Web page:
And so it begins. The target's initial impression is being manufactured. This initial impression is very important and the narcissists know this. It will be very hard to change later.

The target then finds it easy to continue engaging the narcissist. From the target's point of view, here is someone offering them what they need, someone who is interested in them and someone who is easy to get on with.

Let's take the example of a romantic setting, but keep in mind the same applies in any other setting, too. The narcissist begins to build a very strong bond with the target. They send messages about liking the target, about feeling safe with the target, about trusting the target. And, because of the seemingly kind nature of the manipulator, these feelings and sensations will typically be felt by the target, too. Of course, these things happen in healthy relationships, too. The difference here is that the process is very fast.

The narcissist can have someone falling head over heels in love with them in a weekend, a day, and in some cases, even in a few hours. The emotional highs that the victim now experiences, (they are no longer just a target but are now being completely deceived and tricked by the narcissist) means that the victim finds it difficult to think critically. A person has no sense of problems when they are enamored, in love or euphoric. So when the friends and family warn the victim about the narcissist, the victim cannot see it, or finds it incredibly easy to dismiss the advice.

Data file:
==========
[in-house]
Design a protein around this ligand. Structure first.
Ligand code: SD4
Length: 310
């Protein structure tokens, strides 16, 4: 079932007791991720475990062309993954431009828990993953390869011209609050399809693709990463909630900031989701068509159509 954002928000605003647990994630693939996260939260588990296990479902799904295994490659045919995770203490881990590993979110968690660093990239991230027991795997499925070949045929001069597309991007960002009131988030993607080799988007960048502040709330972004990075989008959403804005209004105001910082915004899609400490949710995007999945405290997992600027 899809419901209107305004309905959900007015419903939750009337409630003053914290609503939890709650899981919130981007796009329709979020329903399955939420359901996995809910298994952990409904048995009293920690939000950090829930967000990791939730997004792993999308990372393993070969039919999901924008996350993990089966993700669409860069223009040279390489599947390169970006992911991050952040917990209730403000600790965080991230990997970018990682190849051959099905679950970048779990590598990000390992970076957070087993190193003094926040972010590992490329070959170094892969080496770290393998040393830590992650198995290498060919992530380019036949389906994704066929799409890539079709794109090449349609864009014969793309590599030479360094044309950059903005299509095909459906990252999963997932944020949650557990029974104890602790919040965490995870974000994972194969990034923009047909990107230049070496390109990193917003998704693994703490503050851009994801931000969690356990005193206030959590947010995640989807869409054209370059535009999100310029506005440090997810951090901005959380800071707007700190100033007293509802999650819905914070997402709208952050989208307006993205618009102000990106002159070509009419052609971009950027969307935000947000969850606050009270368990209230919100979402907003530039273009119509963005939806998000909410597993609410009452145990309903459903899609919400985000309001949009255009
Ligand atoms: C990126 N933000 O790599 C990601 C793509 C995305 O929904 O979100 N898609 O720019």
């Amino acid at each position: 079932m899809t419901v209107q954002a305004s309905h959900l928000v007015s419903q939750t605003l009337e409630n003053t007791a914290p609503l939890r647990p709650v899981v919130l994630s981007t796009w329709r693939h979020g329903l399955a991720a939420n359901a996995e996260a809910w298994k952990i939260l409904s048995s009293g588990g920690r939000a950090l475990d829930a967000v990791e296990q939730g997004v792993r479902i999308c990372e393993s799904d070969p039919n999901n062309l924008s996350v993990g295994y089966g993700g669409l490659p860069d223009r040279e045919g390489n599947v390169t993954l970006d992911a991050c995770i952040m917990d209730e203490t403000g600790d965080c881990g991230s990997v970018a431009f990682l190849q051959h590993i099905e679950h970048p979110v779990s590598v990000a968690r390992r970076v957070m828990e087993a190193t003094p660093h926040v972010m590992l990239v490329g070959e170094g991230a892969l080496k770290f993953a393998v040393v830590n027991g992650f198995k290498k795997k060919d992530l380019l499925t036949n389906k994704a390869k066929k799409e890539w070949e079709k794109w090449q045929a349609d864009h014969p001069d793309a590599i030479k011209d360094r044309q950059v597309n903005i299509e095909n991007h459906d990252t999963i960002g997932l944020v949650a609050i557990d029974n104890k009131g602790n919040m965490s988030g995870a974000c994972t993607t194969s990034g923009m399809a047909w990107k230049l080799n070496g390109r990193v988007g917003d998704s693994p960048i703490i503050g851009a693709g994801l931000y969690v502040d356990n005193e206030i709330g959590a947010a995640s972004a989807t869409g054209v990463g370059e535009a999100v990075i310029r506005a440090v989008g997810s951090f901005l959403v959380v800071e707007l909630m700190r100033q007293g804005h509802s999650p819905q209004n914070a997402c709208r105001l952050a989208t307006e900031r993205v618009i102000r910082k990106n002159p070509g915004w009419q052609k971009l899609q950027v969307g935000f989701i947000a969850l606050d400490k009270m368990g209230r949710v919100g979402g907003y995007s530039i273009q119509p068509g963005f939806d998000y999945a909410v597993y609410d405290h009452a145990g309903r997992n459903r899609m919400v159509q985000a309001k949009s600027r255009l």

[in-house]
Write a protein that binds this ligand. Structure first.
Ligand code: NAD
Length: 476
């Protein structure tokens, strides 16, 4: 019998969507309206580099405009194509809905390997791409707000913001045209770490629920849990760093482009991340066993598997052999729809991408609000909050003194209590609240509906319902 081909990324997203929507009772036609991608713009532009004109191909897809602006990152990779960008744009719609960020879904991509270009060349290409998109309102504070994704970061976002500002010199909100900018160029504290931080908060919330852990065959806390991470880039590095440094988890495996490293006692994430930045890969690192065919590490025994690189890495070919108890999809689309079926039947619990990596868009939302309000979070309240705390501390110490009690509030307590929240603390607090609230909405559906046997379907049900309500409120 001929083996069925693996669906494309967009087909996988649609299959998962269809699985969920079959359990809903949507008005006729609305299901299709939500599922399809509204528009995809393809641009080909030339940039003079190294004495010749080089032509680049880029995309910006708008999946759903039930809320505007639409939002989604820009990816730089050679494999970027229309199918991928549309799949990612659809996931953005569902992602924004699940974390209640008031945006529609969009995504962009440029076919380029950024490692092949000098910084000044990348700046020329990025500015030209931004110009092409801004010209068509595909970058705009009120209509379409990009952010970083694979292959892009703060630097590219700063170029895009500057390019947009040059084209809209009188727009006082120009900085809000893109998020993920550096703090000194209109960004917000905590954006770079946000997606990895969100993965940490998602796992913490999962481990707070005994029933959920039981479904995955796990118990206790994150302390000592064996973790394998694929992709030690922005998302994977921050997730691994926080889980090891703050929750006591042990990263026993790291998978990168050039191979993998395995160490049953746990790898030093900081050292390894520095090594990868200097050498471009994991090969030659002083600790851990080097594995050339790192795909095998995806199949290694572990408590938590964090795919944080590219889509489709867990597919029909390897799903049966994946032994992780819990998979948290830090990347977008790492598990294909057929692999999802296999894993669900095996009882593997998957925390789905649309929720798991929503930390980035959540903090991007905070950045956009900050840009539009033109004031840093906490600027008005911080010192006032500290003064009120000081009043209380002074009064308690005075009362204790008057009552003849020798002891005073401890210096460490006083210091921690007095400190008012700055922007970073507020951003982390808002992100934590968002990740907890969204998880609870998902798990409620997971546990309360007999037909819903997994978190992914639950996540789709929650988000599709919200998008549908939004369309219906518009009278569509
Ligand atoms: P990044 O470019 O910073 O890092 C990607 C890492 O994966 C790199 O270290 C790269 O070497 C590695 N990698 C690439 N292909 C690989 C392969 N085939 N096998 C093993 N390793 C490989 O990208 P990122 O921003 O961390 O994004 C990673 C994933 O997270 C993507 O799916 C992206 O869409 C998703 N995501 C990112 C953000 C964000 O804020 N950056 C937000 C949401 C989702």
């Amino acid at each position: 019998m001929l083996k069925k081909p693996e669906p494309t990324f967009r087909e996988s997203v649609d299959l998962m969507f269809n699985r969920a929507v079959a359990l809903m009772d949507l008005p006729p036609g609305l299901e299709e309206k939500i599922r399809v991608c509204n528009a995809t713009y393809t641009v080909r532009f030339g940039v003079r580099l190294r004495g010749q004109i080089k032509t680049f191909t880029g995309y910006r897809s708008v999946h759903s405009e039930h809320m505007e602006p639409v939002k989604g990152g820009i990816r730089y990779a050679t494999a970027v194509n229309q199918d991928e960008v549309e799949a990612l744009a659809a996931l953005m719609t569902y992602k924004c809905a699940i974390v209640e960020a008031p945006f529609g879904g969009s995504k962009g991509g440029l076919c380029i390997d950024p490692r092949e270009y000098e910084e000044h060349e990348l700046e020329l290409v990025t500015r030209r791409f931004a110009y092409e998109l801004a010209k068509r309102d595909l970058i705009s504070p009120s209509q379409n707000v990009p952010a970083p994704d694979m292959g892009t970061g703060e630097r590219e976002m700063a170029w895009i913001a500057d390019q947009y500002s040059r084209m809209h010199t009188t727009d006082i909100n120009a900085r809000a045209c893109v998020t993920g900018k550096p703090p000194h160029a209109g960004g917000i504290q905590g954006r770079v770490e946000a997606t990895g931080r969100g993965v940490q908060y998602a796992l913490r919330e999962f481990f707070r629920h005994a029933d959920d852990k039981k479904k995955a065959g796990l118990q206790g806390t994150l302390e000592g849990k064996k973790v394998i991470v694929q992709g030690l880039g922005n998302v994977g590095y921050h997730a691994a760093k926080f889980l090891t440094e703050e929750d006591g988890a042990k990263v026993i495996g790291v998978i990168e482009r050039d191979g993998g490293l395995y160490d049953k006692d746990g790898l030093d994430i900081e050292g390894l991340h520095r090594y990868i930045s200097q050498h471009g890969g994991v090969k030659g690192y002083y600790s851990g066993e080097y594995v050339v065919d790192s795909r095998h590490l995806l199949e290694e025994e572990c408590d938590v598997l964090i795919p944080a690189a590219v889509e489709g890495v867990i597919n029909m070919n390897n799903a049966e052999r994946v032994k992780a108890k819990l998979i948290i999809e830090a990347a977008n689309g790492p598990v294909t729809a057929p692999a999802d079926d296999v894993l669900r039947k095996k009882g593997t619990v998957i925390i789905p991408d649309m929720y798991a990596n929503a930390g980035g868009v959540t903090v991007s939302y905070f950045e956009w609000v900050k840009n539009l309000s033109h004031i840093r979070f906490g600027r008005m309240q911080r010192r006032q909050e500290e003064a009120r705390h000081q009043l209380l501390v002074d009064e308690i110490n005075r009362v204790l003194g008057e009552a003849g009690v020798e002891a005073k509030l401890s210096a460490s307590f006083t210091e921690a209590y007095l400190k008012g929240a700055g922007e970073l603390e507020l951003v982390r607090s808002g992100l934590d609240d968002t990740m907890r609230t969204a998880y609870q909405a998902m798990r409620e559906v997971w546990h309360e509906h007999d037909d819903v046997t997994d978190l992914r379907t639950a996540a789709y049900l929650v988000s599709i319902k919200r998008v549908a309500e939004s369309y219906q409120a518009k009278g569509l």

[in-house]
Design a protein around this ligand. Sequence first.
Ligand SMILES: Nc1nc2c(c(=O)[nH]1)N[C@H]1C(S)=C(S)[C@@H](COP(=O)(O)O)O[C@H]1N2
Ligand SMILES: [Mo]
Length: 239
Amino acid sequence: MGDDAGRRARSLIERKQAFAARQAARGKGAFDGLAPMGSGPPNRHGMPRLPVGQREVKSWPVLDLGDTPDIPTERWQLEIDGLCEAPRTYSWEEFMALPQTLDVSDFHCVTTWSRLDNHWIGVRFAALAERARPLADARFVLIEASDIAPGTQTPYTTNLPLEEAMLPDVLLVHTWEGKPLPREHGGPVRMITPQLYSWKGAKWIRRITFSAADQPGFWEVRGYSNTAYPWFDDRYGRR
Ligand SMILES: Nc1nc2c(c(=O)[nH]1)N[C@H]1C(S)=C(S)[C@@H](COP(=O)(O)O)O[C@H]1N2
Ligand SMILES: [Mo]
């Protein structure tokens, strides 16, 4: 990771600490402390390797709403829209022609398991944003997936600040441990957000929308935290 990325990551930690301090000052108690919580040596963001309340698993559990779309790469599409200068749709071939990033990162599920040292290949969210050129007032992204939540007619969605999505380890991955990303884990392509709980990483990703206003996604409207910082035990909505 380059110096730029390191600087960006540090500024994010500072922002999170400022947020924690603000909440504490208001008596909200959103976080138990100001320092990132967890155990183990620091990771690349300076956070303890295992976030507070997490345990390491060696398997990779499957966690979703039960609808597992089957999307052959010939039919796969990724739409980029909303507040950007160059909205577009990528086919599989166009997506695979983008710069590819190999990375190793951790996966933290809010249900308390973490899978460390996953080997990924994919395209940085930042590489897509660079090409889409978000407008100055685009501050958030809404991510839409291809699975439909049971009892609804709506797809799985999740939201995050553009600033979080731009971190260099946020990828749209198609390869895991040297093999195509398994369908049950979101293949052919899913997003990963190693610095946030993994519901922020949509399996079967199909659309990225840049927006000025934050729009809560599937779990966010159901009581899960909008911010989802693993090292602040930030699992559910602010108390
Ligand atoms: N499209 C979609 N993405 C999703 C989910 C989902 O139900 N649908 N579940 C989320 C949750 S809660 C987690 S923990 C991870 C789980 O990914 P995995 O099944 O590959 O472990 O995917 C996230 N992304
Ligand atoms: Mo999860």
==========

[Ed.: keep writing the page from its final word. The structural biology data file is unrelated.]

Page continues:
So these are some of the first of the narcissistic personality disorder symptoms and signs that are hidden in plain sight.

If someone seems too good to be true, they probably are.

If a relationship goes very fast, this is a major warning sign.

If your family or friends, people who have cared for you and loved you for a long time, tell you things about the new partner and you trust the new partner over family and friends, you need to take a big step back and properly reassess your situation.


Next steps

When the victim is committed to the relationship, the bad behavior and the abuse starts. Initially the victim excuses it away because, after all, their partner is the ideal man or woman, everyone has a bad day every now and then, or the manipulator comes up with some other justification.

The problem is that the bad behavior is not a one off thing. All those narcissistic personality disorder symptoms listed above begin to show up in the relationship now.

There is criticism, humiliation, belittling, shouting, name calling, berating and on and on. There are long arguments about the same thing over and over. There is often ridiculing of the victim's family and friends with the result that the victim ends up spending less and less time with them. The victim ends up tolerating behavior that they would have found intolerable in the past.

These are actually more narcissistic personality disorder symptoms and signs that are hidden in plain sight. (This is sometimes mislabeled covert narcissism). The difficulty is that the victim often does not recognize them as such. It's worth understanding why.


The victim has been changed